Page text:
Harvard Doctor on COVID-19, India and Efficacy of Lockdowns

How effective are lockdowns when it comes to dealing with pandemics? Interview with Harvard Medical School doctor.

Updated
Coronavirus
6 min read

Will the chain of transmission of the coronavirus outbreak in India be broken in 21 days? To understand the thinking around the COVID-19 outbreak and efficacy of lockdowns and social restrictions, I sat sat down for a Skype interview with Dr Dhruv S Kazi, Associate Director, Richard A. and Susan F. Smith Center for Outcomes Research and Director, Cardiac Critical Care Unit, Beth Israel Deaconess Medical Center, Harvard Medical School.

We spoke about how the US social restrictions have differed from India, how isolation policies have to be driven by testing and data and on whether heat will kill the coronavirus.

Q. My first question to you is, if we are serious about stopping pandemics, what’s the role of lockdowns?

Ans: India got into the business of controlling this pandemic early. The steps they have taken are very good. But at the same time India has not done testing. And if you don’t test, and not just symptomatic patients but also within the community, you won’t have a clear idea about the prevalence of the disease. In this setting with limited testing and resources, lockdown is important. But the challenge is that for disease control, we are not just talking about 21 days. Politicians are talking about it. But the truth is we need 6 weeks of social isolation and maybe even beyond that. For the older population, those who have heart disease, we are looking at 6 months of isolation.

Q2. In fact even in the US, the restrictions in place are very flexible. In terms of response to the disease, how has US and India differed?

Ans: One of the interesting things about the US is that the governance is different. There is a central government but most of the power is with the states, which is very different from India. In the US each state is doing a different thing. You are right that in India, restrictions are more severe, but India’s health system is also more fragile. So I think India’s restrictions, almost curfew like, are appropriate.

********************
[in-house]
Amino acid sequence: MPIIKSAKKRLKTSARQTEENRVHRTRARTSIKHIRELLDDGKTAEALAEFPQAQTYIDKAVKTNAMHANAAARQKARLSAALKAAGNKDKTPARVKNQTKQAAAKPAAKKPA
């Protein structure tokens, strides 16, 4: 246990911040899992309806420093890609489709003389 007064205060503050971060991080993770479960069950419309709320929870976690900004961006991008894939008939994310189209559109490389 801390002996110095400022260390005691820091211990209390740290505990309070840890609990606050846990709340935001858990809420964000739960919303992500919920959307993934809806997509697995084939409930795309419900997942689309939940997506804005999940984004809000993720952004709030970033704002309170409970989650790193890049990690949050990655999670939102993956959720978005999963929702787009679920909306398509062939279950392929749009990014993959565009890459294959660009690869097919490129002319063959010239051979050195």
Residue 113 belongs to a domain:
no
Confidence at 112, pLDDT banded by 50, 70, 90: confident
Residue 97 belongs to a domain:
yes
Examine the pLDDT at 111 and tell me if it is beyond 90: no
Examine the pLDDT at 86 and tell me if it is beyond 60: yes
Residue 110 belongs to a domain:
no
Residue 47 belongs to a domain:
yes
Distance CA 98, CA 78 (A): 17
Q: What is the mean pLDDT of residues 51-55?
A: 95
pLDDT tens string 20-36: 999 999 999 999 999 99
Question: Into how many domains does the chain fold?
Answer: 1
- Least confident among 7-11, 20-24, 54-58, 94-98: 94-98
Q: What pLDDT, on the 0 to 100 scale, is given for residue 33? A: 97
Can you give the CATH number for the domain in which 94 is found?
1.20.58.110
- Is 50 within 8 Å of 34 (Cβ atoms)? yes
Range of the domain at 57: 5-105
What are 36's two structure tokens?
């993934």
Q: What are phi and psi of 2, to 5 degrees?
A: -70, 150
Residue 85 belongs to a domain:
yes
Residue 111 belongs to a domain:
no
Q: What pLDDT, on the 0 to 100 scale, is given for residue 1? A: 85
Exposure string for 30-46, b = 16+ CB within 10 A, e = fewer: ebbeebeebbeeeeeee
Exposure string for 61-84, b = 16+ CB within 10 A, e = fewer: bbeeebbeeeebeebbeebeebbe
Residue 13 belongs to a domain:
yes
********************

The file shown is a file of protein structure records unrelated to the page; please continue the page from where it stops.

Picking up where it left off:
Q 3: Can you explain the virus behaviour to our audience, so we know why this 21 days is not the end all for the virus.

Ans: Ya, I want to say that the idea that we would have beaten this virus in 21 days is rubbish. It reduces contact, it does not eliminate it. In a world that we live in, the virus has very good ways to continue to spread beyond 21 days.

Q 4: That’s another thing that the WHO chief has said, test, test, test. Why is testing so crucial and to say ‘we are now in local transmission stage so we don’t need to test everyone’ Can you talk to us about that.

Ans: So it is very clear that when the history of pandemic is written specially in the US it will start with a paragraph that not testing enough Americans for SARS-COVD-2 which is the virus, was the biggest mistake from health standpoint. In India, with all epidemics, information is power. So if you don’t test, how do you know how much the disease is spreading. If you test and you see that after 21 days infection rate has gone down, then you can relax the social distancing norms. Testing is critical at every stage of this epidemic. In India, the testing rate is among the lowest in the world.

Q5. It is believed that the virus only impacts the older population. But in the US a number of young people have got the more severe disease. Can you explain why this would be the case.

Ans: Initial finding was that the older population and those who have diabetes, heart disease, which by the way is a large part of India, diabetes, blood pressure, about a third of all adults, they are more at risk. In the US, that is not true. We are seeing that a lot of young people get mild disease, but also young people with no other medical problems, who have no other issues, who are not on medication, healthy young adults, 20s, 30s, 40s are getting a very severe disease.